Been contemplating what and how to write on this for a while. In the time since I went on the Breaking the Silence tour to Hebron, Breaking the Silence has received wide media attention in Israel as right-wing Israeli politicians who now form the presiding government wage media and legal war against its heads. When I went on this tour, and more generally when I travel and write about my travel, I shy away from politics. It’s not that I don’t have an opinion, it’s hard not to have an opinion, but after decades of going through this political mess, I am thankful that my world travels have allowed me precious moments when I am not forced to contemplate and discuss this situation. In one of my recent travels to Israel I thought of the irony that I’ve been roaming around the world for over ten years, and yet I have not taken the time to cross the invisible border from Israel to the West Bank to try and see things for myself. There were always excuses, but the bottom line fact was that I have not been to the Palestinian territories while almost every one of my international friends visiting Israel included that on the tour. Since I can’t just travel the Palestinian territories as a regular tourist, I looked for a different approach, and this is when someone offered I join a tour by Breaking the Silence. Up till that moment, I was completely ignorant of the organization and its goals, and my quick search and signup online didn’t come up with much. When I told people I’ll be joining this tour, some responded – to my amazement – as if I was doing this as a political statement, while my main goal was to observe, experience, and learn. Often time, we tend to avoid experiencing and learning because of worries of how things might appear to others, or in some distorted thought that we already know what it’s going to be like. Nothing has ever been exactly what I thought it would be. Especially, when it comes to cross-cultural experiences.
So, I’ll just tell you about what I saw and experienced, and I urge you to do the same trip yourself to see what you would see and experience.
I’ll start from the end. The highlight of the tour was the opportunity to meet a Palestinian Hebron family, or rather, a man. He told us the tragic story of his family as Palestinians living in Hebron. Some of the stories were about the perceptions and experiences of living under military occupation, but the most disturbing stories were about the aggressive interactions with the settlers. It would come as no surprise that the stories were bleak, very bleak. He has probably told this story hundreds of times to many different groups, yet it did not feel rehearsed and the disappointment and hurt were communicated very effectively. Especially so, because this was the end to a very uncomfortable unsettling tour through the Jewish military controlled area where the settlers he was referring to were not only aggressive and abusive towards the Palestinian population, but first and foremost – aggressive and abusive towards the tourgroup.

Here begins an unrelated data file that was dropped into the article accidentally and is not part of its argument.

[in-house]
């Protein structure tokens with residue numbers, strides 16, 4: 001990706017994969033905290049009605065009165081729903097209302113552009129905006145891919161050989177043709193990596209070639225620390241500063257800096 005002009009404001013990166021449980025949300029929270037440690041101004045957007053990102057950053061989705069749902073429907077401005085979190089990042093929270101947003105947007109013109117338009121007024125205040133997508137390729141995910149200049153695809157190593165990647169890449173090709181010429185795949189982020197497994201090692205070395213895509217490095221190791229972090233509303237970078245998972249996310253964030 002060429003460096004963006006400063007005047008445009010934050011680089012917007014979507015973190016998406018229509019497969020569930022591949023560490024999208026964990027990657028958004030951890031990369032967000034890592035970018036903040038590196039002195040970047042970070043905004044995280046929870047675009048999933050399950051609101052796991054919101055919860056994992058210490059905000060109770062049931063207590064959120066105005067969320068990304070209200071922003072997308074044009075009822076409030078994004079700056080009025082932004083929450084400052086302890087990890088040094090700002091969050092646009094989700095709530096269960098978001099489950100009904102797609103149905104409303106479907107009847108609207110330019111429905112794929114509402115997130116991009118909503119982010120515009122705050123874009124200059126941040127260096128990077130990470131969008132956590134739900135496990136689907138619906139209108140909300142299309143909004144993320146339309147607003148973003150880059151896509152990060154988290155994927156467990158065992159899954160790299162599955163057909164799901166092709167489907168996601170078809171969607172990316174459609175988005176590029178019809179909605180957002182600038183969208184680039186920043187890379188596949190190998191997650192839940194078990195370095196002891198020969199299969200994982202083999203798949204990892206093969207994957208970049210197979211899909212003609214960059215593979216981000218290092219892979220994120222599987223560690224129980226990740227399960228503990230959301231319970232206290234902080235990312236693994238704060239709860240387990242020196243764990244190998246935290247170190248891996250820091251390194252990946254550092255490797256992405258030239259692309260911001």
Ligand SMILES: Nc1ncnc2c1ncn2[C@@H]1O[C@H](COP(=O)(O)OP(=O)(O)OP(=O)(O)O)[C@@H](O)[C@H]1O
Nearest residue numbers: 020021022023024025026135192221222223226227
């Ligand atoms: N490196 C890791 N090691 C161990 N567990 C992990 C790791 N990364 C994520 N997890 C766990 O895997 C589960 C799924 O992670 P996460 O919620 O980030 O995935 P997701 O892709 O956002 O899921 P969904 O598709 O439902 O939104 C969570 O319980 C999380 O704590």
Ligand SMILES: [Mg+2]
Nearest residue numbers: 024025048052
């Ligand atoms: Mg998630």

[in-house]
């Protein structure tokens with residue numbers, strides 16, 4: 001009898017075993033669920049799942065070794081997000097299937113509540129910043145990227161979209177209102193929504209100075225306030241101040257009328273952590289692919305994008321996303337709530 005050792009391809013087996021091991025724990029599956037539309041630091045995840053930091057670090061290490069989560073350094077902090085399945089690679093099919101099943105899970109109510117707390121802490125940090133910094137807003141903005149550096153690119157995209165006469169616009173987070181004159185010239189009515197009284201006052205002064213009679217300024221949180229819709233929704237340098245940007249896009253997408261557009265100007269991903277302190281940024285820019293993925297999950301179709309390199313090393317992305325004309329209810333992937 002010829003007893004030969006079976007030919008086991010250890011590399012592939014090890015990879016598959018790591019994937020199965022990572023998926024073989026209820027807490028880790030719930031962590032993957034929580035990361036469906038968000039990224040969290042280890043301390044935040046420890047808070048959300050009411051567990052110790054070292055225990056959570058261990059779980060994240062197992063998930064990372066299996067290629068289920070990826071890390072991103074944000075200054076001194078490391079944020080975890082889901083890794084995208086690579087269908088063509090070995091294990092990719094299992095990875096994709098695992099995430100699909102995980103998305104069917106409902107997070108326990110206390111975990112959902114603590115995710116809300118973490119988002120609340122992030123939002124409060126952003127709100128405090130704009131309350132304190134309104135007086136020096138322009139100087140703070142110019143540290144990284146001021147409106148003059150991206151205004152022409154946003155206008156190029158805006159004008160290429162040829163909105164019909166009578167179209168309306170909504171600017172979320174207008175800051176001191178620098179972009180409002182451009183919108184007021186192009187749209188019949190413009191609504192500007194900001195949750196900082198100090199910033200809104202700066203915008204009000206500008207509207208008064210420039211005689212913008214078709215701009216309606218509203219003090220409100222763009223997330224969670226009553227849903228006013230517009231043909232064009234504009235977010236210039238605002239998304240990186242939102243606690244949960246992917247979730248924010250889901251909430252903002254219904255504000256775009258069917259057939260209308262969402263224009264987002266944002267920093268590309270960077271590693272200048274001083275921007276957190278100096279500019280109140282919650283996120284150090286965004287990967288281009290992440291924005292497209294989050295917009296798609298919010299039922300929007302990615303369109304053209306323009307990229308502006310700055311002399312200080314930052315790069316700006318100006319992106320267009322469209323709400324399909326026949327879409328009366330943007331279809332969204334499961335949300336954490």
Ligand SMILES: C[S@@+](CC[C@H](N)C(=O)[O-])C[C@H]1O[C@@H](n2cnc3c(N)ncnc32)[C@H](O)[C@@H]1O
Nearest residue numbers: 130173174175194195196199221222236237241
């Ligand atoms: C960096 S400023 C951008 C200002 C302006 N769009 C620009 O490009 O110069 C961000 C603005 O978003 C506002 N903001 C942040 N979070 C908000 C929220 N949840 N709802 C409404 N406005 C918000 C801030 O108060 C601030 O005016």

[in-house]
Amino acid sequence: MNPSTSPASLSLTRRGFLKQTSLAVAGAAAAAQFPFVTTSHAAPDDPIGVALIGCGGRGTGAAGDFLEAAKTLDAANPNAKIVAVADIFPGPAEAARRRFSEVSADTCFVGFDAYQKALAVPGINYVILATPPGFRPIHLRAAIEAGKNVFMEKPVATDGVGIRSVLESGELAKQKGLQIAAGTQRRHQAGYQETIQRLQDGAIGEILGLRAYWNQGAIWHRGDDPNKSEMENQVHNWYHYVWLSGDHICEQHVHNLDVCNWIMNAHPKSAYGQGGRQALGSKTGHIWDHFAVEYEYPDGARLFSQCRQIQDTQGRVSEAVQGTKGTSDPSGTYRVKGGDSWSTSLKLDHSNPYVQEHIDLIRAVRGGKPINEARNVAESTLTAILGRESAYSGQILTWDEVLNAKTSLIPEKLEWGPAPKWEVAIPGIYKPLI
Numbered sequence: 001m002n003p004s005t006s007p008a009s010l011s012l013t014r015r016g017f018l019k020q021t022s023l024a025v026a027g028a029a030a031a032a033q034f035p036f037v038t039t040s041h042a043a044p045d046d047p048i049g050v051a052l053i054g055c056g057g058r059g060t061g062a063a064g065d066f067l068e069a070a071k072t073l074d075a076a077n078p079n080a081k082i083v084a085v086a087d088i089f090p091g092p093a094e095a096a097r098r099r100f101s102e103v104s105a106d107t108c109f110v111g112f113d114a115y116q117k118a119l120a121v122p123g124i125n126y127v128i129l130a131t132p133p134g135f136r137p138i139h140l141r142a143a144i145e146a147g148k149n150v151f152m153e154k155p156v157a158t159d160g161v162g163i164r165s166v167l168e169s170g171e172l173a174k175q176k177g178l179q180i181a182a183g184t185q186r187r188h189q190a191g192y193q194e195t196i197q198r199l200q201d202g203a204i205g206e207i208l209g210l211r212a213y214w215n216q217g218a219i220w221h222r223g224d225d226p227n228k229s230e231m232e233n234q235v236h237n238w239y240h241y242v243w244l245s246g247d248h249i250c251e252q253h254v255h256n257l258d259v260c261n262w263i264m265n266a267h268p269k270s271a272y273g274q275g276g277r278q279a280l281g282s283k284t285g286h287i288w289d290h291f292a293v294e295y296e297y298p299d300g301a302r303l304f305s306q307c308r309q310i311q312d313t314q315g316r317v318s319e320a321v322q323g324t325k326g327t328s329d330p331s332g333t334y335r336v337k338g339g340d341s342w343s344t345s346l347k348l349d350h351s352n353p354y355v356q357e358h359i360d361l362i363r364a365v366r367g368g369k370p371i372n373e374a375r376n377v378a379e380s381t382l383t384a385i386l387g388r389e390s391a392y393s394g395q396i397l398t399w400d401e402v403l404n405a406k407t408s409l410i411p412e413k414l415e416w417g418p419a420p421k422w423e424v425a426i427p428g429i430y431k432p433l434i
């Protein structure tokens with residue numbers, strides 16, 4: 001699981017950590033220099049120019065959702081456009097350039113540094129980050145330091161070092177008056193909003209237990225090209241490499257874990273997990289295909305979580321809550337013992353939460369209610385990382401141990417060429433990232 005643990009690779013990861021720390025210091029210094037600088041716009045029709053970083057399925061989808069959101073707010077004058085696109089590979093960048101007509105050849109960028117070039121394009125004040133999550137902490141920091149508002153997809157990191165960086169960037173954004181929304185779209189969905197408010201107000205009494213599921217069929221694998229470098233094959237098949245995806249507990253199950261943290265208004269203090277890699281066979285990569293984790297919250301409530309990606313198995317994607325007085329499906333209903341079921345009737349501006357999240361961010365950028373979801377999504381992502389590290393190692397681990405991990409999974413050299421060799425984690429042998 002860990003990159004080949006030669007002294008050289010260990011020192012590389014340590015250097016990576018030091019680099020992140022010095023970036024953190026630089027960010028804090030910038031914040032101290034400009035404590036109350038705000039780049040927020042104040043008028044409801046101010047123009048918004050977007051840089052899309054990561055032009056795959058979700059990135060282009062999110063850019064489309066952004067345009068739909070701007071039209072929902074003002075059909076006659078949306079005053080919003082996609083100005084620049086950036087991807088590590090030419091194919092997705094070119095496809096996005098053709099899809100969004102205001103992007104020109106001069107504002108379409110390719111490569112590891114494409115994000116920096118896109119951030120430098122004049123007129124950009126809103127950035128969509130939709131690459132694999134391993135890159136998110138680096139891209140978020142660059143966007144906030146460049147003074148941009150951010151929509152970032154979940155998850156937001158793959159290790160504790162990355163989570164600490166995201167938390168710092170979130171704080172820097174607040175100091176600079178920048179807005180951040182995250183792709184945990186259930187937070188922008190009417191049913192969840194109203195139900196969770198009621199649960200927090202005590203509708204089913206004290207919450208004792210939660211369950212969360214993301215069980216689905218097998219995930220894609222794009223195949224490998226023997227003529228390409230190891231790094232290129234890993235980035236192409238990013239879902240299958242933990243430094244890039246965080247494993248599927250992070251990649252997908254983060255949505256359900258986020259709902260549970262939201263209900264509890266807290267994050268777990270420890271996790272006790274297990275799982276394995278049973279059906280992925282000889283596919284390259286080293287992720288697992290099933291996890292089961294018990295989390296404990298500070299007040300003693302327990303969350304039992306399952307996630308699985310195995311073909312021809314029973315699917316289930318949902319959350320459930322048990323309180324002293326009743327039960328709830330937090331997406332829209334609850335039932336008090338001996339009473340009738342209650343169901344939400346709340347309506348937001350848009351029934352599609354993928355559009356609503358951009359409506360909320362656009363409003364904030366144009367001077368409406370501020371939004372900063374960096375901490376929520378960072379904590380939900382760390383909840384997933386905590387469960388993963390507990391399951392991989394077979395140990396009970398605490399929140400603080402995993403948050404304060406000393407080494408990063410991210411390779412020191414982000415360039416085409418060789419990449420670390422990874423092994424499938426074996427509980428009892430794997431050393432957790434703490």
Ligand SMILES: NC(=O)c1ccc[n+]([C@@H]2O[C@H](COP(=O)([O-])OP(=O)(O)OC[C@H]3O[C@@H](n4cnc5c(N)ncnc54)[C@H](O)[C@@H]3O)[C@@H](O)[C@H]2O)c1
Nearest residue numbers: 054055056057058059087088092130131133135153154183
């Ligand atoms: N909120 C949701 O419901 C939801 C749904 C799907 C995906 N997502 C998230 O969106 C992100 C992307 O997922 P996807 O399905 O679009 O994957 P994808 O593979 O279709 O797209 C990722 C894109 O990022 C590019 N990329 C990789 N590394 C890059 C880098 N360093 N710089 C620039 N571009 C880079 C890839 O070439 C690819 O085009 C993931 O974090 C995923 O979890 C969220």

To give you a general feel of what was going on, you might want to take a look at this video:
I did not expect this, but the tour started from the Khana “tourist park”, named after a controversial militant right-wing extremist who was assassinated in 1990, proclaimed as a hero.
We were brought there to see the tomb featured in this next photo, referring to an Israeli terrorist Baruch Goldstein as a holy man (I won’t translate the rest, but suffice to say I believe the absolute majority of Israelis would find this very disturbing).
Now, you can say what you want about these two monuments, I won’t go into the politics and morality of this whole thing. What I will comment about is that from the first second we came out of the bus, we were joined by a large group of settlers who were wearing flags of Israel and carrying around mega-speakers and cameras. I was not prepared for this kind of engagement, but the tour guide asked us to try and remain calm and passive no matter what they do, and it was a very hard thing to do. Some of the group members snapped a couple of times, because the settlers pushed their mega-speakers into our ears and yelled right-wing political propaganda nonstop. The leader of the settlers explained that he was happy to use our tour to show the Israeli tourism to Hebron and once surrounded by all these Israeli flags our group and mega-speakers yelling settler slogans to the cameras taking videos to any side observer it seemed as if we were a very large right-wing group. There was no way for us to escape it. There was no way for our tour guide to say much, as his voice could not override the noise that the settlers were making.